Obstetrical tetanus digital illustration

Obstetrical tetanus Save

ICD-10 code: A34

Disease category: A34: Obstetrical tetanus

Obstetrical tetanus, also known as maternal and neonatal tetanus (MNT), is a severe bacterial infection caused by Clostridium tetani. This type of tetanus occurs when C. tetani spores, found in soil and animal feces, enter the body through an open wound during childbirth or an abortion. The infection is particularly dangerous for newborns, and it can be fatal if left untreated.

Symptoms of obstetrical tetanus typically appear within 5-14 days after infection. Early symptoms include muscle stiffness, cramping, and pain in the jaw and neck, followed by difficulty in opening the mouth and swallowing. As the infection progresses, muscle spasms and rigidity may occur, affecting the entire body. In severe cases, spasms can cause fractures, and respiratory failure can lead to death.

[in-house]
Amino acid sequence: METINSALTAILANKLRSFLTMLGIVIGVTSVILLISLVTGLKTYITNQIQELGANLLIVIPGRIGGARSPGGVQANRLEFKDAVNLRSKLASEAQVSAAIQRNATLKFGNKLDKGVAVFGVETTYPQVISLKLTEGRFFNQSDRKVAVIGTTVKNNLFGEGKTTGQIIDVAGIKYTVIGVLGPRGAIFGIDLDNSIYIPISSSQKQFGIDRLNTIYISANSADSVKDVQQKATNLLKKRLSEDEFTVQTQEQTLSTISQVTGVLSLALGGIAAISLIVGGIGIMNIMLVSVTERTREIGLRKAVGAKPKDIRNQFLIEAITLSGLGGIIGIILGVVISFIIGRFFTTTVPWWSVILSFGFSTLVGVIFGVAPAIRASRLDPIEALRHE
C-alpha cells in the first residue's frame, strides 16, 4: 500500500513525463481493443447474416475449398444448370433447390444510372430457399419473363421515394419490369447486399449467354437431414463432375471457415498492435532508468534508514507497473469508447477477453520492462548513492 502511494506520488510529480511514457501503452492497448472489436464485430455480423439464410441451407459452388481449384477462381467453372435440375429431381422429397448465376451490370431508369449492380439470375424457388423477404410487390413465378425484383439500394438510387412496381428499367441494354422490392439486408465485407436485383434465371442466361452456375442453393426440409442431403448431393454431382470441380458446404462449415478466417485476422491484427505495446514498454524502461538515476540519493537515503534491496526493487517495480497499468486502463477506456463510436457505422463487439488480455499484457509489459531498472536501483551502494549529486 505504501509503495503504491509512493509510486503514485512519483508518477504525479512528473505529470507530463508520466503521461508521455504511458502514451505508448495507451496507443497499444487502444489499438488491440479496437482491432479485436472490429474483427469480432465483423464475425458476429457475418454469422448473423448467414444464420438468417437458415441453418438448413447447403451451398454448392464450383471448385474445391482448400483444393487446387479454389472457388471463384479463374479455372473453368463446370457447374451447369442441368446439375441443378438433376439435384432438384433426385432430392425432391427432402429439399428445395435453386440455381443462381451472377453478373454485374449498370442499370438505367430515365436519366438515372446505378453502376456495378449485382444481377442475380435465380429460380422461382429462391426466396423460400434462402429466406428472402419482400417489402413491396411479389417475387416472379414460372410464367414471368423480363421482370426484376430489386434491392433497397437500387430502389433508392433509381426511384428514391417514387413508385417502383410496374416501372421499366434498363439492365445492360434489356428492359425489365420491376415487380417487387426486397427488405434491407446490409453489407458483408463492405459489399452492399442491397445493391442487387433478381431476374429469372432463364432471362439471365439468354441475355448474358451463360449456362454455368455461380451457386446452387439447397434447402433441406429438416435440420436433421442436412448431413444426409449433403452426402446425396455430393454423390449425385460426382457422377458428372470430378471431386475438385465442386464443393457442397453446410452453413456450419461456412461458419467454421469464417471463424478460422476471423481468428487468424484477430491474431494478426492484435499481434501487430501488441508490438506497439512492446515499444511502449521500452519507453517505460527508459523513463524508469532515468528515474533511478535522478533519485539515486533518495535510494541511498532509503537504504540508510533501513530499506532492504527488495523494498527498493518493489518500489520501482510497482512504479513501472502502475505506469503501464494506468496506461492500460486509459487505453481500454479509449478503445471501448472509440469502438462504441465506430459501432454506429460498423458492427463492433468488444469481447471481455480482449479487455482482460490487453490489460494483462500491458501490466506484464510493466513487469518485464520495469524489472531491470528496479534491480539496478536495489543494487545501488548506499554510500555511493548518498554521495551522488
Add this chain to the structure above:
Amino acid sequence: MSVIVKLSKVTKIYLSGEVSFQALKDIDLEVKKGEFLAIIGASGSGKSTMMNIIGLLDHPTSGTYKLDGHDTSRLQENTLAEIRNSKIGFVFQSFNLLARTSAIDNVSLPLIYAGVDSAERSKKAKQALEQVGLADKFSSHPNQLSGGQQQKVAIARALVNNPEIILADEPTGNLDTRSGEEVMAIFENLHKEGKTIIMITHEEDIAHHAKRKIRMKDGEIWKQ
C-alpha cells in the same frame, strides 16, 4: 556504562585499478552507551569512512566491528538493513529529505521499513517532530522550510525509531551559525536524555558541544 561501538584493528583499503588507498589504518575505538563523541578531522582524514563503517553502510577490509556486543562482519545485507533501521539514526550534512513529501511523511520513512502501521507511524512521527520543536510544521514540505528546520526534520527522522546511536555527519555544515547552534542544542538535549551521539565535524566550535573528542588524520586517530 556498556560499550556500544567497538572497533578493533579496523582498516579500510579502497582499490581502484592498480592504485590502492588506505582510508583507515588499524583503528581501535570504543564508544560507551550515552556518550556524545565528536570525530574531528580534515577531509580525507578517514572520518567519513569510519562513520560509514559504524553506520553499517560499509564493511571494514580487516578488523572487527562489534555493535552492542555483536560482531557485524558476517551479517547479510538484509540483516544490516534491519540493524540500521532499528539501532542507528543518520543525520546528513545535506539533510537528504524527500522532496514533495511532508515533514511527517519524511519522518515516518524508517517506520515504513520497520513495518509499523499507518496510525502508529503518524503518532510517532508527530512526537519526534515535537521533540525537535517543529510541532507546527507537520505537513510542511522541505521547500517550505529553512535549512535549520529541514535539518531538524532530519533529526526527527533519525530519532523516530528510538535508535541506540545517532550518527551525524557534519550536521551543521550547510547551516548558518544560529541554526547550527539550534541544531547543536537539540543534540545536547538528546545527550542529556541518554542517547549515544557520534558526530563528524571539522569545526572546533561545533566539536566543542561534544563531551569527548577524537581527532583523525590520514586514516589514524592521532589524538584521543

The World Health Organization (WHO) has identified obstetrical tetanus as a major public health issue in many developing countries, where limited access to health care and lack of immunization leave women and newborns at risk of the infection. The incidence of MNT has decreased significantly in recent years.

Treatment of Obstetrical tetanus:

Obstetrical tetanus is a life-threatening condition that affects women during pregnancy or childbirth. It is caused by the bacteria Clostridium tetani, which produces a toxin that affects the nervous system. The infection can lead to muscle stiffness, spasms, and contractions, including those in the muscles used for breathing, which can be fatal.

Treatment for obstetrical tetanus is essen...

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